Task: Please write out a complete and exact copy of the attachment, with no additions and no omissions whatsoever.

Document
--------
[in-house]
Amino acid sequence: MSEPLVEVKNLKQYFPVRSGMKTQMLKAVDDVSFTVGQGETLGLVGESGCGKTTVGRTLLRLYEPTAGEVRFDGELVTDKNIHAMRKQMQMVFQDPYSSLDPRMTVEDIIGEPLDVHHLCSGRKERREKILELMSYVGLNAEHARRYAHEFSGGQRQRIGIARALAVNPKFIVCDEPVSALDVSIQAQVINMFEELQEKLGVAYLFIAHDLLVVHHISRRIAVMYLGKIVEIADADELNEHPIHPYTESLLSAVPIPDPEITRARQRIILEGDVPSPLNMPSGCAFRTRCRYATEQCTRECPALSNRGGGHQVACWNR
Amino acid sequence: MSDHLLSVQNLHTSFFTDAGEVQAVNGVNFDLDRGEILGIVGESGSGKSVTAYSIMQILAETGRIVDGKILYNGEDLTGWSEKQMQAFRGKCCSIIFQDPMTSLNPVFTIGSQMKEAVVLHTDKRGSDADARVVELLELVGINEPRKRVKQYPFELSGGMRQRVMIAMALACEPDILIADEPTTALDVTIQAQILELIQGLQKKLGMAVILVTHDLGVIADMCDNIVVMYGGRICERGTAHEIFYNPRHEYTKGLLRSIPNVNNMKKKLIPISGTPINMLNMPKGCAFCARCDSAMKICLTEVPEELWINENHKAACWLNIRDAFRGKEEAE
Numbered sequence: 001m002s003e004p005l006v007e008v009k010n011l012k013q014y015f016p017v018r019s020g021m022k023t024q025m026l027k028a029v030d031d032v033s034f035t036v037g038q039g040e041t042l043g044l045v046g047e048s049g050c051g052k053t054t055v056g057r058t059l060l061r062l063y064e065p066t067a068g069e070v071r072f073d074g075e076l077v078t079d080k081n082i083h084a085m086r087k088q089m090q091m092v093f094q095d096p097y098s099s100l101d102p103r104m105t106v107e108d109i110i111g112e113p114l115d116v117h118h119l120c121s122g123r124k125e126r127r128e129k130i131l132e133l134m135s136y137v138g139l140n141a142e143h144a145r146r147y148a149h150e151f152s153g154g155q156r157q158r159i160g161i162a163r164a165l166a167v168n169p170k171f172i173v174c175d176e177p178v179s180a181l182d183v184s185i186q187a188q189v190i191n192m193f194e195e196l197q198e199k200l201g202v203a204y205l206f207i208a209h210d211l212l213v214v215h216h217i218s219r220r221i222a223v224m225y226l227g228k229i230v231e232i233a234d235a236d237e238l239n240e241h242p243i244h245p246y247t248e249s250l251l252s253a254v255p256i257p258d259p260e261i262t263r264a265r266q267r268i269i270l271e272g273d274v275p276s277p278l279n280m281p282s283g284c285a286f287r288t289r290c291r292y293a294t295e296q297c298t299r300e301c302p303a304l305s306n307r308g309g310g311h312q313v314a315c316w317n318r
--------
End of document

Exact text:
[in-house]
Amino acid sequence: MSEPLVEVKNLKQYFPVRSGMKTQMLKAVDDVSFTVGQGETLGLVGESGCGKTTVGRTLLRLYEPTAGEVRFDGELVTDKNIHAMRKQMQMVFQDPYSSLDPRMTVEDIIGEPLDVHHLCSGRKERREKILELMSYVGLNAEHARRYAHEFSGGQRQRIGIARALAVNPKFIVCDEPVSALDVSIQAQVINMFEELQEKLGVAYLFIAHDLLVVHHISRRIAVMYLGKIVEIADADELNEHPIHPYTESLLSAVPIPDPEITRARQRIILEGDVPSPLNMPSGCAFRTRCRYATEQCTRECPALSNRGGGHQVACWNR
Amino acid sequence: MSDHLLSVQNLHTSFFTDAGEVQAVNGVNFDLDRGEILGIVGESGSGKSVTAYSIMQILAETGRIVDGKILYNGEDLTGWSEKQMQAFRGKCCSIIFQDPMTSLNPVFTIGSQMKEAVVLHTDKRGSDADARVVELLELVGINEPRKRVKQYPFELSGGMRQRVMIAMALACEPDILIADEPTTALDVTIQAQILELIQGLQKKLGMAVILVTHDLGVIADMCDNIVVMYGGRICERGTAHEIFYNPRHEYTKGLLRSIPNVNNMKKKLIPISGTPINMLNMPKGCAFCARCDSAMKICLTEVPEELWINENHKAACWLNIRDAFRGKEEAE
Numbered sequence: 001m002s003e004p005l006v007e008v009k010n011l012k013q014y015f016p017v018r019s020g021m022k023t024q025m026l027k028a029v030d031d032v033s034f035t036v037g038q039g040e041t042l043g044l045v046g047e048s049g050c051g052k053t054t055v056g057r058t059l060l061r062l063y064e065p066t067a068g069e070v071r072f073d074g075e076l077v078t079d080k081n082i083h084a085m086r087k088q089m090q091m092v093f094q095d096p097y098s099s100l101d102p103r104m105t106v107e108d109i110i111g112e113p114l115d116v117h118h119l120c121s122g123r124k125e126r127r128e129k130i131l132e133l134m135s136y137v138g139l140n141a142e143h144a145r146r147y148a149h150e151f152s153g154g155q156r157q158r159i160g161i162a163r164a165l166a167v168n169p170k171f172i173v174c175d176e177p178v179s180a181l182d183v184s185i186q187a188q189v190i191n192m193f194e195e196l197q198e199k200l201g202v203a204y205l206f207i208a209h210d211l212l213v214v215h216h217i218s219r220r221i222a223v224m225y226l227g228k229i230v231e232i233a234d235a236d237e238l239n240e241h242p243i244h245p246y247t248e249s250l251l252s253a254v255p256i257p258d259p260e261i262t263r264a265r266q267r268i269i270l271e272g273d274v275p276s277p278l279n280m281p282s283g284c285a286f287r288t289r290c291r292y293a294t295e296q297c298t299r300e301c302p303a304l305s306n307r308g309g310g311h312q313v314a315c316w317n318r